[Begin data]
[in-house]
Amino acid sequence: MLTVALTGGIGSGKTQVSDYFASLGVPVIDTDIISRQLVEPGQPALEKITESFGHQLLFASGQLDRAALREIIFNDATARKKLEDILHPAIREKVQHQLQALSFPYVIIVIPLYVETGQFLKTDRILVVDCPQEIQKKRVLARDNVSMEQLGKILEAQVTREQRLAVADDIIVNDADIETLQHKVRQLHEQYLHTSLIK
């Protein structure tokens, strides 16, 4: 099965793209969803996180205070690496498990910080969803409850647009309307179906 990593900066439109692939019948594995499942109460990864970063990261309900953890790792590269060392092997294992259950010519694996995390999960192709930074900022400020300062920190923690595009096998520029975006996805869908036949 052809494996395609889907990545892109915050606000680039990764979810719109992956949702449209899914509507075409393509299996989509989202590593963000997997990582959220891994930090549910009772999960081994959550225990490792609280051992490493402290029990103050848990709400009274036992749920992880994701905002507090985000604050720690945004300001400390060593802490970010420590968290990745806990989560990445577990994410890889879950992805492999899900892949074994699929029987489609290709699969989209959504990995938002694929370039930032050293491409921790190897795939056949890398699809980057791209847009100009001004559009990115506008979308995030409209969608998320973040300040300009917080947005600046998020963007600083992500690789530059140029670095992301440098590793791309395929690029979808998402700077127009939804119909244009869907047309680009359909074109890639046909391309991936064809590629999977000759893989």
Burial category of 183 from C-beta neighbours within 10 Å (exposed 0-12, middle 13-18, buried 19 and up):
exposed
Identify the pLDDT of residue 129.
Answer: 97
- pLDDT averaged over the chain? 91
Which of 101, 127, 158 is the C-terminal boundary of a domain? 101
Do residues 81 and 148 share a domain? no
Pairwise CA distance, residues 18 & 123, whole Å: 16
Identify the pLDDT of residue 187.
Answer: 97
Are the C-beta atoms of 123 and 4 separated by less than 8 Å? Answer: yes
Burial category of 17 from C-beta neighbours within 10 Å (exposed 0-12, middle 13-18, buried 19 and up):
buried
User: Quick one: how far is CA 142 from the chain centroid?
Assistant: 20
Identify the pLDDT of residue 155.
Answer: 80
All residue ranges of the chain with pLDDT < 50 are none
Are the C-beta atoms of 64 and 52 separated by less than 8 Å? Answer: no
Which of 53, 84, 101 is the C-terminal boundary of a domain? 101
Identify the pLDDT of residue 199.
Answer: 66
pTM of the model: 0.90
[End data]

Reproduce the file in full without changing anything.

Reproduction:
[in-house]
Amino acid sequence: MLTVALTGGIGSGKTQVSDYFASLGVPVIDTDIISRQLVEPGQPALEKITESFGHQLLFASGQLDRAALREIIFNDATARKKLEDILHPAIREKVQHQLQALSFPYVIIVIPLYVETGQFLKTDRILVVDCPQEIQKKRVLARDNVSMEQLGKILEAQVTREQRLAVADDIIVNDADIETLQHKVRQLHEQYLHTSLIK
């Protein structure tokens, strides 16, 4: 099965793209969803996180205070690496498990910080969803409850647009309307179906 990593900066439109692939019948594995499942109460990864970063990261309900953890790792590269060392092997294992259950010519694996995390999960192709930074900022400020300062920190923690595009096998520029975006996805869908036949 052809494996395609889907990545892109915050606000680039990764979810719109992956949702449209899914509507075409393509299996989509989202590593963000997997990582959220891994930090549910009772999960081994959550225990490792609280051992490493402290029990103050848990709400009274036992749920992880994701905002507090985000604050720690945004300001400390060593802490970010420590968290990745806990989560990445577990994410890889879950992805492999899900892949074994699929029987489609290709699969989209959504990995938002694929370039930032050293491409921790190897795939056949890398699809980057791209847009100009001004559009990115506008979308995030409209969608998320973040300040300009917080947005600046998020963007600083992500690789530059140029670095992301440098590793791309395929690029979808998402700077127009939804119909244009869907047309680009359909074109890639046909391309991936064809590629999977000759893989």
Burial category of 183 from C-beta neighbours within 10 Å (exposed 0-12, middle 13-18, buried 19 and up):
exposed
Identify the pLDDT of residue 129.
Answer: 97
- pLDDT averaged over the chain? 91
Which of 101, 127, 158 is the C-terminal boundary of a domain? 101
Do residues 81 and 148 share a domain? no
Pairwise CA distance, residues 18 & 123, whole Å: 16
Identify the pLDDT of residue 187.
Answer: 97
Are the C-beta atoms of 123 and 4 separated by less than 8 Å? Answer: yes
Burial category of 17 from C-beta neighbours within 10 Å (exposed 0-12, middle 13-18, buried 19 and up):
buried
User: Quick one: how far is CA 142 from the chain centroid?
Assistant: 20
Identify the pLDDT of residue 155.
Answer: 80
All residue ranges of the chain with pLDDT < 50 are none
Are the C-beta atoms of 64 and 52 separated by less than 8 Å? Answer: no
Which of 53, 84, 101 is the C-terminal boundary of a domain? 101
Identify the pLDDT of residue 199.
Answer: 66
pTM of the model: 0.90